I have two children. I don’t talk about them frequently, because in all honesty this blog is my escape. But I realize that some of our readers have children and like to take them out of the house from time to time—so I’ve included a with-kids day trip suggestion. My Instagram feed has been flooded with images of the Intersections exhibit currently at the Peabody Essex Museum lately. Inspired, I decided to pack up the wildlings and headed to Salem.
Drive: Back roads from Newburyport to Salem, with a stop in Wenham. Lovely antique homes, farms and preservation land out my window, and the wildlings restrained in their car seats = my idea of heaven.
Eat: Wenham Tea House. This may have been the best breakfast I have had in months. The servers dress in black and white, which makes you feel fancy. Plus it is called a tea house, so that just implies high society happenings. But here’s the thing, it isn’t so fancy that people give you the hairy eyeball for bringing two ill-behaved toddlers, so it’s a win. My coffee cup was never empty. ND NOTE: Word of caution—LOTS OF FRAGILE ITEMS in the lobby.
Do: Peabody Essex Museum. We arrived promptly at 10:00 a.m. as the museum door opened. My son entered walking backwards ( a new skill he is proud of) and directly into a greeter. She was kind enough to point us in the direction of the children’s area.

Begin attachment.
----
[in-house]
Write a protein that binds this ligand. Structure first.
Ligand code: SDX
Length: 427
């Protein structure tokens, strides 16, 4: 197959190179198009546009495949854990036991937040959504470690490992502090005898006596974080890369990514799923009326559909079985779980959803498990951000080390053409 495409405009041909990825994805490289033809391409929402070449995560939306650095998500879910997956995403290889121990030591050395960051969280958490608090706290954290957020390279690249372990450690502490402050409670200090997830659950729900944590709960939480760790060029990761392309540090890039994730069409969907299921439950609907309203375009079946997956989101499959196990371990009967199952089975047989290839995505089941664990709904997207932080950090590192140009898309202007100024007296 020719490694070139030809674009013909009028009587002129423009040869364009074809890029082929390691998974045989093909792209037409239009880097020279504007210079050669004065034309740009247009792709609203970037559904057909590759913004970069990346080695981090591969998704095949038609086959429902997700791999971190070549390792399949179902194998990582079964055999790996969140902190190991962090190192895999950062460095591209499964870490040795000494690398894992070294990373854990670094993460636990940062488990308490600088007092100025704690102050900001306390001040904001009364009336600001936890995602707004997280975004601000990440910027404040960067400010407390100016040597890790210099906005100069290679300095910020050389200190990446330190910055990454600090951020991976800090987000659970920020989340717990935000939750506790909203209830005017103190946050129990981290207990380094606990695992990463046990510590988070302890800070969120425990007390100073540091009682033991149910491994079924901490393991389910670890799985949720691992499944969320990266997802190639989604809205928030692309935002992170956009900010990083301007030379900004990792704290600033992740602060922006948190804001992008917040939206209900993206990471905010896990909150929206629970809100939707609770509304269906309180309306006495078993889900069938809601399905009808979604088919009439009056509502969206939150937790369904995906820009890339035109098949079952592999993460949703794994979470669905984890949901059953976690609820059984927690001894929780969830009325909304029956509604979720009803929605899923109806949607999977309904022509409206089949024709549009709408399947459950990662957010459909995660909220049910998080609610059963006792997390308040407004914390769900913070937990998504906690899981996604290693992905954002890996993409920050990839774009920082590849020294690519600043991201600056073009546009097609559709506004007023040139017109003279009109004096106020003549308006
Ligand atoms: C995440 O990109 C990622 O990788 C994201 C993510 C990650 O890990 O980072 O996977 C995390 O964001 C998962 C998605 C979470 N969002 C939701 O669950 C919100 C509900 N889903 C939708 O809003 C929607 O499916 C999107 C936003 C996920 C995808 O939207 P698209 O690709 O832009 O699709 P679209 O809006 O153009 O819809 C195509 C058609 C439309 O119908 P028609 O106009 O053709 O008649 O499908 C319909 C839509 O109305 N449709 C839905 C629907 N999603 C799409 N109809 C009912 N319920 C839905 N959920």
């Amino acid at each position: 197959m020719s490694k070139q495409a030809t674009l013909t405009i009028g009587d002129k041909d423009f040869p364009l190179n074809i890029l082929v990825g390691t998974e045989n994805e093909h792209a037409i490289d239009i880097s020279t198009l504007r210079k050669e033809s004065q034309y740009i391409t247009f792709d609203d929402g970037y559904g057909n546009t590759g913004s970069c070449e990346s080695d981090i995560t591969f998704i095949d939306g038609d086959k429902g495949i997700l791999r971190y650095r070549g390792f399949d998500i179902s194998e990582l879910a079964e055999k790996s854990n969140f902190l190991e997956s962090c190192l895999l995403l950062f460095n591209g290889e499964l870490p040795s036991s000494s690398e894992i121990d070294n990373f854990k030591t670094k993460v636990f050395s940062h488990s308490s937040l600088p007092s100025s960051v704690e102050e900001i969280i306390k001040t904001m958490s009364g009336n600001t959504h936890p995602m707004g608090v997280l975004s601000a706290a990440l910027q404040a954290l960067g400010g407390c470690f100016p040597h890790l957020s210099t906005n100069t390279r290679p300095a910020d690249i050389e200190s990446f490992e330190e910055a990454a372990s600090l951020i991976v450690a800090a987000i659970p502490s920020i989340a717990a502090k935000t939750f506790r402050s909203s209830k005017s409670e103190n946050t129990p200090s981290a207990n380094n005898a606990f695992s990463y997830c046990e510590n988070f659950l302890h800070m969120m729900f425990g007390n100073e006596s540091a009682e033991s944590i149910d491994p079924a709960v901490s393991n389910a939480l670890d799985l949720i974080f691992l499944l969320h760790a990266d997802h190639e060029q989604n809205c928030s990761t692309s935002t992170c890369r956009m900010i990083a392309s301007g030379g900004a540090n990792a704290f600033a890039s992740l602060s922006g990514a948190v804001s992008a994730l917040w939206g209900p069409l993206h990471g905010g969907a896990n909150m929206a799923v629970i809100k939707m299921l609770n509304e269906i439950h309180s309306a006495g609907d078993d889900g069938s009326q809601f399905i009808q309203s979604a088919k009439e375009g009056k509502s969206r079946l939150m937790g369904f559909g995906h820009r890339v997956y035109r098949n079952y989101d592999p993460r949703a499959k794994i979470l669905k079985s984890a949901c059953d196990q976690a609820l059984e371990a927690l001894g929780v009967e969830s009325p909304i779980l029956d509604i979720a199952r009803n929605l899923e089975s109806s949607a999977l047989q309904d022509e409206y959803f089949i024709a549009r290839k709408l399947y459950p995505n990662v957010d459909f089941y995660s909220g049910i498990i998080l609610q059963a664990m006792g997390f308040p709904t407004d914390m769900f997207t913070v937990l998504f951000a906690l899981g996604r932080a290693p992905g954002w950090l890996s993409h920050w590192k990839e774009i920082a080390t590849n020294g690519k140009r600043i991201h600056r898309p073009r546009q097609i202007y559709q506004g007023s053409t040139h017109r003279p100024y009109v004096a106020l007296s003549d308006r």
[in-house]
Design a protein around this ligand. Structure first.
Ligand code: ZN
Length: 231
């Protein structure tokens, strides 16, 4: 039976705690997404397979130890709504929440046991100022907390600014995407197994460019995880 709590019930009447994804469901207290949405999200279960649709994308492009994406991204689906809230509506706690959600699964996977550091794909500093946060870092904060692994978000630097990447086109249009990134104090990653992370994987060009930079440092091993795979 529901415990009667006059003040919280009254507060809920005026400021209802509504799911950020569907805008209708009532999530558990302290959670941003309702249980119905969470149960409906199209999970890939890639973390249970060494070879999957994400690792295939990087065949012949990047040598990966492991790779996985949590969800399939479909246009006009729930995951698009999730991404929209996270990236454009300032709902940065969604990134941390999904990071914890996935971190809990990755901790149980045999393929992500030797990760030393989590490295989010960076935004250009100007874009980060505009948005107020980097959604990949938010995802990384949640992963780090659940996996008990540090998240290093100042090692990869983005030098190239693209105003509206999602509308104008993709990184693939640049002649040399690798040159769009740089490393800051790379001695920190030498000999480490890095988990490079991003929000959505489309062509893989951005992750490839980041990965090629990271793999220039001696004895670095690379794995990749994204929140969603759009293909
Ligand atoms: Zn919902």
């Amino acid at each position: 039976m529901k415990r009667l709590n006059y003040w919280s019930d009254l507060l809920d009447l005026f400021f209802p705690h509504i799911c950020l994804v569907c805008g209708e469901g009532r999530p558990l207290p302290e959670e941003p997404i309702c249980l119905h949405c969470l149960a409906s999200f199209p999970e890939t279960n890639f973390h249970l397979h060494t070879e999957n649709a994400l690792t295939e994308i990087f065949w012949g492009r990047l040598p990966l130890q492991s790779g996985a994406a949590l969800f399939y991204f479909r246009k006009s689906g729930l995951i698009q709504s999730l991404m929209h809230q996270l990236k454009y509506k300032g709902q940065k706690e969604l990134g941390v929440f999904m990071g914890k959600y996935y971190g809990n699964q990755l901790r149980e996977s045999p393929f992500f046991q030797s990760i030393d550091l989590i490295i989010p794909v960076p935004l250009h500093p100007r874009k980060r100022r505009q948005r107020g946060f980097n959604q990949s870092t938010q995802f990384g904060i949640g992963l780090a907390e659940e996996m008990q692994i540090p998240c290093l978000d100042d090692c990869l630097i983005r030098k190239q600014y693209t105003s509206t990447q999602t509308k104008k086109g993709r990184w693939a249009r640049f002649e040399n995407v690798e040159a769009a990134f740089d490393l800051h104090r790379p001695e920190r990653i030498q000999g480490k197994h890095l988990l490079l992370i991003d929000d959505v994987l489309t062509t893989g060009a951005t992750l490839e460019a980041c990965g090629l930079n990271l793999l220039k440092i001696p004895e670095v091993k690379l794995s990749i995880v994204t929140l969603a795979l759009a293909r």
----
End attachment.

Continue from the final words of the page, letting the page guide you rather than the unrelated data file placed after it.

I was worried the exhibits would be a miss with my two- and four-year-olds, but I could not have been more wrong. Even the Maker Lounge, which perhaps is geared toward an older audience, was a hit. Children are encouraged to create and design in an inspiring setting (high windows, unique light fixtures, modern decor). My daughter and husband spent time making circuits, I flipped through books about creativity, and my son tried to eat legos.
The Magic Moment: We ventured up to Anila Quayyum Agha’s Intersections and the children lost their minds. I think we all did, but being an adult and understanding social norms, my husband and I simply wandered the room in awe. The wildlings giggled uncontrollably, hollered, started running and, in my son’s case, began licking the wall. Nothing shows ownership in the toddler world more than licking, so I knew he was really feeling the art.
ND NOTE: For our budget-friendly readers, pick up a discounted pass at your local library.